A sign of the convoluted discussion was an IOU that the parties offered the British. They would promise a deal in the new year if the Secretary of State paid up immediately on health. The Brits turned them down. Yet again the leaders of the health unions went along with the fiction that an Assembly was necessary for a settlement of their pay demands, even when the British made clear their strategy of blackmail by dangling the cash before their eyes.

A last push is now starting. The Tories want the North settled so that they can concentrate on Brexit. Sinn Fein and the DUP are threatened with elections that they are likely to do badly in or an agreement that will restore the assembly and give them a breathing space until 2022. The Shinners are desperate for a deal and have conceded even more than in the last draft agreement, which does little more than mention the Irish language, but savage divisions have erupted in the DUP and reaching a settlement will be difficult for both Parties.

A bedtime story is told in the media. Stormont collapsed because of disagreements between Sinn Fein and the DUP. We need a quick return to Stormont so that the politicians can grow the economy and develop public services.

The story is completely false. Stormont did not collapse because of disagreement. There was an agreement in which Sinn Fein capitulated almost completely. The one minor concession - a mention of the Irish language, proved too much for the loyalist base of the DUP. Neither was the assembly growing the economy. It was a hotbed of sectarianism and corruption which nodded through the "Fresh Start" austerity programme that is currently being implemented.

Amid all the fairy stories it is easy to miss the main point. That is that the British, after years of pretend helplessness because "the parties will not agree" that are suddenly cracking the whip and kicking the DUP. The collapse of Stormont removed the imperialist's mask and now, amid all the flummery, it is clear that the North remains a British colony and it is the British who will decide the future direction of their Local Assembly.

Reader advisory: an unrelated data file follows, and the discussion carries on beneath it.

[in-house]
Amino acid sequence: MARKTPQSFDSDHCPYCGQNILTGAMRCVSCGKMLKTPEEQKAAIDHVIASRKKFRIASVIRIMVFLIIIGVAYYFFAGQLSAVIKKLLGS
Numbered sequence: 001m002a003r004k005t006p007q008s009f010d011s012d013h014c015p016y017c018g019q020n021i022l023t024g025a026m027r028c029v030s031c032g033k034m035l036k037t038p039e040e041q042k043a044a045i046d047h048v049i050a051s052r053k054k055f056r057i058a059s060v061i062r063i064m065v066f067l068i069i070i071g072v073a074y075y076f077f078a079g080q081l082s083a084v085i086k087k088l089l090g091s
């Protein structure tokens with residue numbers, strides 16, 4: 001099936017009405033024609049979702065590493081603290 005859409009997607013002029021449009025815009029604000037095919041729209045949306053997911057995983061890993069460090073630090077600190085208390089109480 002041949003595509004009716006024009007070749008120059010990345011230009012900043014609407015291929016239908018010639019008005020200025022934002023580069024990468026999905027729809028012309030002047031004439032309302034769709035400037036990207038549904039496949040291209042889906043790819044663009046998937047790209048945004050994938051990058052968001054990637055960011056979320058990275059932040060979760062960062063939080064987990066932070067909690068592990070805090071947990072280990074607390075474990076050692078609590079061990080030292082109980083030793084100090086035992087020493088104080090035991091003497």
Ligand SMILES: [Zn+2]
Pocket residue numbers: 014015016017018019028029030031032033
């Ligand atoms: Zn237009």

The likelihood is that movement in relation to the Irish language and modification of the petition of concern will be necessary, but this will still be difficult to manoeuvre through the DUP. In the longer run there is still a unionist majority, but no longer concentrated in one party. The hope is that this will lead to a benign sectarianism, with peaceful horsetrading in the assembly, but loyalism is fighting for unionist supremacy and there have already been threats of violence from that source.

The airheads who foresee a stable Northern Ireland also assure us that a United Ireland is just around the corner. Yet the evidence points to a tide of unionism growing within nationalism. The Taoiseach, Leo Varadkar, persistently argues that now is not the time for unity and his first act is to join with Boris Johnson to stabilise the Northern Assembly.

The truth is that the class elements of the national question are coming to the fore. The nationalist bourgeoisie and the middle classes in the North are perfectly happy with their gains in patronage under the current settlement. The main reason for Dublin's support for the Good Friday Agreement was to put the national question to sleep. Political rights and prosperity continue to decline for workers.

The lens through which to view events is that of growing instability. Just as the British election means a growing crisis rather than "getting Brexit done", so in Ireland we are to listen to Irish capitalism reassure us and try to prop up partition at a time when both they, Sinn Fein, and the unionist parties are losing support.

A new assembly will not lead to a stable society but to increased sectarian infighting and further austerity. The frantic support for partition from the Dublin government will not mean much if their claims of recovery leads to their eviction from office in the coming general election.

The problem is that the centrist Socialist groups are in greater disarray than the capitalists. Confusion on the Brexit issue and an orientation towards parliamentarism dominates their approach. A turn away from electoral opportunism and the use of class analysis would at least give them a solid place to stand, regroup and face the challenges of the new offensives aimed at the working class.